Highly read on www.wiley.com in March
A graphene-based material can store energy at seven times the density of commercial carbon-based products.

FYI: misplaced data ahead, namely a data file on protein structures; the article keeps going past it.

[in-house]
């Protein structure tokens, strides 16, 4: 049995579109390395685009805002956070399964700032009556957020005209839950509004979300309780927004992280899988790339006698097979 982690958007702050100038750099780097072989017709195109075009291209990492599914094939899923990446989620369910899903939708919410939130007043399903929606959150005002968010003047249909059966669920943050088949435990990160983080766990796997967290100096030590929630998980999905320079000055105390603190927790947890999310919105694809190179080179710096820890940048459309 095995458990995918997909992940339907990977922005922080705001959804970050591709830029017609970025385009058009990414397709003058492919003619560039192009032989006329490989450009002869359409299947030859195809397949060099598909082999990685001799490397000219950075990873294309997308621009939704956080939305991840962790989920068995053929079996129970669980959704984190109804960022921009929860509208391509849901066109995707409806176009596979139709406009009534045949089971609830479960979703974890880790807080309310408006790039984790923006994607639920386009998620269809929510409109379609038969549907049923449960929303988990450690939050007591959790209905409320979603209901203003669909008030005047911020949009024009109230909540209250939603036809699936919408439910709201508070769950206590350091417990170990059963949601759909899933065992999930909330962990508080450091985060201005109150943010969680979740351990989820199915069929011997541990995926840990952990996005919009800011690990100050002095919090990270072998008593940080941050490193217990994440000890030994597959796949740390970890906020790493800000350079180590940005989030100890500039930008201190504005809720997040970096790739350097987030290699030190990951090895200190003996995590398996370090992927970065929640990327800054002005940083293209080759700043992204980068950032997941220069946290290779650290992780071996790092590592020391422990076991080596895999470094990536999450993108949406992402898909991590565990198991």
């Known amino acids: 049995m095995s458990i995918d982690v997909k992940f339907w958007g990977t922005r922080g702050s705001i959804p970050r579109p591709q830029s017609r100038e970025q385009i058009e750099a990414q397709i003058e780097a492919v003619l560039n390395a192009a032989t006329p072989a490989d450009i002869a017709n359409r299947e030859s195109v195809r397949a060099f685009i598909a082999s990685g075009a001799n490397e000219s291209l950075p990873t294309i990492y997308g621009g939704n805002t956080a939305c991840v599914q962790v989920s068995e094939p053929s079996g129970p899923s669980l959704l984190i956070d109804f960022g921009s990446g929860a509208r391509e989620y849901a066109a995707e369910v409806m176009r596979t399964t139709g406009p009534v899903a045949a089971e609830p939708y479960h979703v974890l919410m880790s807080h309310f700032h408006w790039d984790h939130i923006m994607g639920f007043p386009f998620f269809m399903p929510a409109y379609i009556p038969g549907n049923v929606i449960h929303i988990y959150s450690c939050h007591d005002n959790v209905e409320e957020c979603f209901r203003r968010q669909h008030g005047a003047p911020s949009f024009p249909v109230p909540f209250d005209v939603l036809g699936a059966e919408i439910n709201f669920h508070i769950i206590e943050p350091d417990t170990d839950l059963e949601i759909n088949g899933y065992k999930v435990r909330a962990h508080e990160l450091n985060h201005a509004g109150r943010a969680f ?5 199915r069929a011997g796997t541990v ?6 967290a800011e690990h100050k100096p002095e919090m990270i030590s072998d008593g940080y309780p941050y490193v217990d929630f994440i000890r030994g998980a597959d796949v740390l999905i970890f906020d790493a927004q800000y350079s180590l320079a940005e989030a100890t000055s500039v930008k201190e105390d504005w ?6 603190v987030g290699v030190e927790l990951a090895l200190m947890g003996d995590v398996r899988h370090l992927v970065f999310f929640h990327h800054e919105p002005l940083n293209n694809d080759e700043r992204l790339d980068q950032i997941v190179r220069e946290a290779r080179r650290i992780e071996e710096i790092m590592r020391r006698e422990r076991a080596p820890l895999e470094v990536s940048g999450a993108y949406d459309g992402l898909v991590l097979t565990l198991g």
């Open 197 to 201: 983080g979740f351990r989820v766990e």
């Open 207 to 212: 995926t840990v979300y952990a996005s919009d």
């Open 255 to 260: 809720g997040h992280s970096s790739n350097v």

Supercapacitors — which could be used to power electric vehicles — recharge and release energy faster than batteries, but their energy density is lower. Theoretically, graphene — an unusual material made of atomically thick layers of carbon — is a good candidate for a supercapacitor, but its carbon layers tend to stack together, degrading its performance. Pei Kang Shen and his colleagues at Sun Yat-sen University in Guangzhou, China, created a porous graphene-based structure using an acrylic resin as a template. The researchers rinsed the resin with a nickel acetate solution followed by acid to produce a network of graphene layers with interconnected pores. When the material was filled with an electrolyte solution, it showed stable performance and had an energy density comparable to that of a lead-acid battery.